Today eight women  arose early on a Saturday morning, drove to a bookstore hidden behind maple and elm trees and shared their stories, their hearts, and their emotions with their "sisters in the writing circle."   

Virginia Woolf  once said that all a woman needs to write is money and a room of her own.   All I need is a woman's writing circle. 

Wednesday, April 4, 2012

A Writer's Lonely Life

Accept it.  Writing is a lonely life.  It is especially lonely for women who never  express themselves.

My mother's  generation did not analyze their lives.  It makes sense when you think about it. What was the use of self-reflection? It wouldn't change the outcome. They would remain voiceless. 

Now that I have finished my new book and written about my mother, I feel the loneliness creep in.  I should feel happy that I have finally expressed a wide range of emotions about her and put it on the written page.   

Instead, I feel sad that she never had the chance to do what I do which is delve into the intensity of emotions.  Not that my mother was a writer, although who knows what she might have become if she had escaped the lonely life of the 1950s suburban housewife, tending her tomato and zinnia plants, drinking one too many cocktails at the end of the day . . . being diminished by a society that ridicules and pillories outspoken women.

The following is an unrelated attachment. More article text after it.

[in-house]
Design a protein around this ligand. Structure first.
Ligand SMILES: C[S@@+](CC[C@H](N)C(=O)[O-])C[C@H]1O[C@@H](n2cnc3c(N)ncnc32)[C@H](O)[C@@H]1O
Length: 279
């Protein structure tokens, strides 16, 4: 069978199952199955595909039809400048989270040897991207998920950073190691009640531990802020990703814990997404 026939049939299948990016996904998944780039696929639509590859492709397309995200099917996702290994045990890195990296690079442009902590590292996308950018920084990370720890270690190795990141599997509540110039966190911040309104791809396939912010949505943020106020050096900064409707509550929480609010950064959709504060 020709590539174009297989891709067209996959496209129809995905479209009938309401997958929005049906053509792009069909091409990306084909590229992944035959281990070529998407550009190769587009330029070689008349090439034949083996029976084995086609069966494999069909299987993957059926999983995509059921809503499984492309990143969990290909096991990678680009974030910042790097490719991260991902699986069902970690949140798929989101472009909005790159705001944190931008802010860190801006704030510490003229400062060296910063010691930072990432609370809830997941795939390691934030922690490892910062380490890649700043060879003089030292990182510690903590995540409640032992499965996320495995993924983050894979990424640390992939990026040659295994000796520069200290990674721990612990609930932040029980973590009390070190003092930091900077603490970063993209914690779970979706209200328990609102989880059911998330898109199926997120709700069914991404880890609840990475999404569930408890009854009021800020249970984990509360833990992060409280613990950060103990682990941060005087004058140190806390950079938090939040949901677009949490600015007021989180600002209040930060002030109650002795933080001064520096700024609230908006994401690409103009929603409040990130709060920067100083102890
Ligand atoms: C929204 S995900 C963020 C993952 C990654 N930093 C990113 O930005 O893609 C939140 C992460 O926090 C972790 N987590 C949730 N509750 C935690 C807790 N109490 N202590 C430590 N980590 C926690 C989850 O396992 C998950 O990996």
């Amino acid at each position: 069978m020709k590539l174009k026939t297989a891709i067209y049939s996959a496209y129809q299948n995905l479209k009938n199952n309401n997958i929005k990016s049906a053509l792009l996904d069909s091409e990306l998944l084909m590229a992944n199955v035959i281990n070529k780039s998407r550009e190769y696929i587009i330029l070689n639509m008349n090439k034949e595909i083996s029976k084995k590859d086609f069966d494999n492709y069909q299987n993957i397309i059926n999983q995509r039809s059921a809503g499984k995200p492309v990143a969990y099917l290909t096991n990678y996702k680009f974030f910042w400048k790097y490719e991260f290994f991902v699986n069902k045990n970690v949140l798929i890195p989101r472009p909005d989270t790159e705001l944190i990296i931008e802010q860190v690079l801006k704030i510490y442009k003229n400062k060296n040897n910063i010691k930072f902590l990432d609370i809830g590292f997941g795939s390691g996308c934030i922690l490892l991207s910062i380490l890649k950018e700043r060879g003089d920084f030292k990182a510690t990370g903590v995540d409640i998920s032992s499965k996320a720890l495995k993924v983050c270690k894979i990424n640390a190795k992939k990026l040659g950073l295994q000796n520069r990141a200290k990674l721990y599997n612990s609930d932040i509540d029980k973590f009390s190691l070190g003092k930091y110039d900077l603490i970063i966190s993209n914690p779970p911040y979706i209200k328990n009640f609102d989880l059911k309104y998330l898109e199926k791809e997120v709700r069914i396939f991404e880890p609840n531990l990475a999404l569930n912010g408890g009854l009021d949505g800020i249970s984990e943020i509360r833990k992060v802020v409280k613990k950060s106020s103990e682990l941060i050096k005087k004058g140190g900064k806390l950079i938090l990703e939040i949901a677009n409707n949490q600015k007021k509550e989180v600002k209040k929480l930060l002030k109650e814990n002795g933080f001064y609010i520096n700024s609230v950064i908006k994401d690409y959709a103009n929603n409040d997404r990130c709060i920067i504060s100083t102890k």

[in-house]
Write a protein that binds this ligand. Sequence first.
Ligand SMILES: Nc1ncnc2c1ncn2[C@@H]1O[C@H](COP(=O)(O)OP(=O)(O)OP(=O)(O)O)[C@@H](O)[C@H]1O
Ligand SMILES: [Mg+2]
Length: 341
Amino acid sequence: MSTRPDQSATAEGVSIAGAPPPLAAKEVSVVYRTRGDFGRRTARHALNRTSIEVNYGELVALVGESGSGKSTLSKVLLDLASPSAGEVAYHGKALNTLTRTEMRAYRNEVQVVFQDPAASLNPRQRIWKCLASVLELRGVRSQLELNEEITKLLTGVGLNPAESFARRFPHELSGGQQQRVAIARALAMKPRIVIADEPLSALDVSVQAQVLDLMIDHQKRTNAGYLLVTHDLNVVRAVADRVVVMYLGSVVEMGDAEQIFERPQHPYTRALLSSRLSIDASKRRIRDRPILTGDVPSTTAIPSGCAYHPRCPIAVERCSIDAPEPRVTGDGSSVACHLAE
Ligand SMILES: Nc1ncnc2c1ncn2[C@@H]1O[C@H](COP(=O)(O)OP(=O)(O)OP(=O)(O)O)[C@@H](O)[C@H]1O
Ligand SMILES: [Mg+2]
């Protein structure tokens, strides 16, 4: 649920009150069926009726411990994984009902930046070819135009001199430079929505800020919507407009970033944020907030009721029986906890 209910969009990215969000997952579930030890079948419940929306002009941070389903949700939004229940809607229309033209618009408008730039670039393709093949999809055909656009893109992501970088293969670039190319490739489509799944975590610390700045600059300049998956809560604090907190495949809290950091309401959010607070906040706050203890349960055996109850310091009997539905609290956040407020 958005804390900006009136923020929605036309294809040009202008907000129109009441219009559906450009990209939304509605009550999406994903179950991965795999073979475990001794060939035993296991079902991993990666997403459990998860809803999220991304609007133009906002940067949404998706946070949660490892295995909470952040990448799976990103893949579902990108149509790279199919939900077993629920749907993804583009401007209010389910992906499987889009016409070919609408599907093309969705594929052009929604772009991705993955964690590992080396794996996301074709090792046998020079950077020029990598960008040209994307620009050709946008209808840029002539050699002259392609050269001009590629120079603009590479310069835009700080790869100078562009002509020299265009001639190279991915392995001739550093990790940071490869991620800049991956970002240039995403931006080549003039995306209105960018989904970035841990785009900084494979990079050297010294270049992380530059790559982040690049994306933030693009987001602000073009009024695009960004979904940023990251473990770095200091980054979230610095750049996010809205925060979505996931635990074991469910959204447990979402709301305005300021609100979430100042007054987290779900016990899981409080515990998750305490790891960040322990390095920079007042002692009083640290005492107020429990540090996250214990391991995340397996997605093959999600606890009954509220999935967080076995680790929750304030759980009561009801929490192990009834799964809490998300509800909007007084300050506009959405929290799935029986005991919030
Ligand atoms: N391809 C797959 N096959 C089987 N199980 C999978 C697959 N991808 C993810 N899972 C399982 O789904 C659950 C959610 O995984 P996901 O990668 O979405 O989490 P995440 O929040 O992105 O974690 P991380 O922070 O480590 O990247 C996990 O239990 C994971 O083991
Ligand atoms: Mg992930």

I stumbled upon an old photograph of Gertrude - "Trudy" as friends called her - studying herself in the mirror.  Her brother was a photographer and I am sure he put her up to to the pose, but still I was arrested.  What were her thoughts as her reflection stared back?  I sense if I had found it before she died, she would have looked at it and said, "Milton was a wonderful photographer."  I would have asked again, "I know, Mom.  Your brother was great.  But you, Mom, what were you thinking?"  Her huge brown eyes would have looked into mine. "Oh Susie, I have absolutely no recollection.  That was so long ago!"

Who was my mother and how am I like her?  For years I tried to dismiss any similarities between us.  How foolish.  Now that I have finished this book, I tell myself to let it ride for awhile - get some space, some breathing room from what I have written. I  pray for inner peace - for her and for me.

The reason I love the Women's Writing Circle is that it eases the loneliness of the writer's life.  Although it doesn't change the fact that writing a book is a journey we do alone, it is wonderful to have a community of women supporting each other.  Our next read-around is Saturday, April 14 from 9-11:30 a.m. at Wellington Square Bookshop in Exton, PA.  What will you bring to the Circle? Will it be a story about your mother? Will it be a piece of writing that has driven you to speak out?

Today a woman thanked me for giving her the courage to write her memoir; but, no, I said.  You have to understand - it is a two-way street.  You have given me the courage.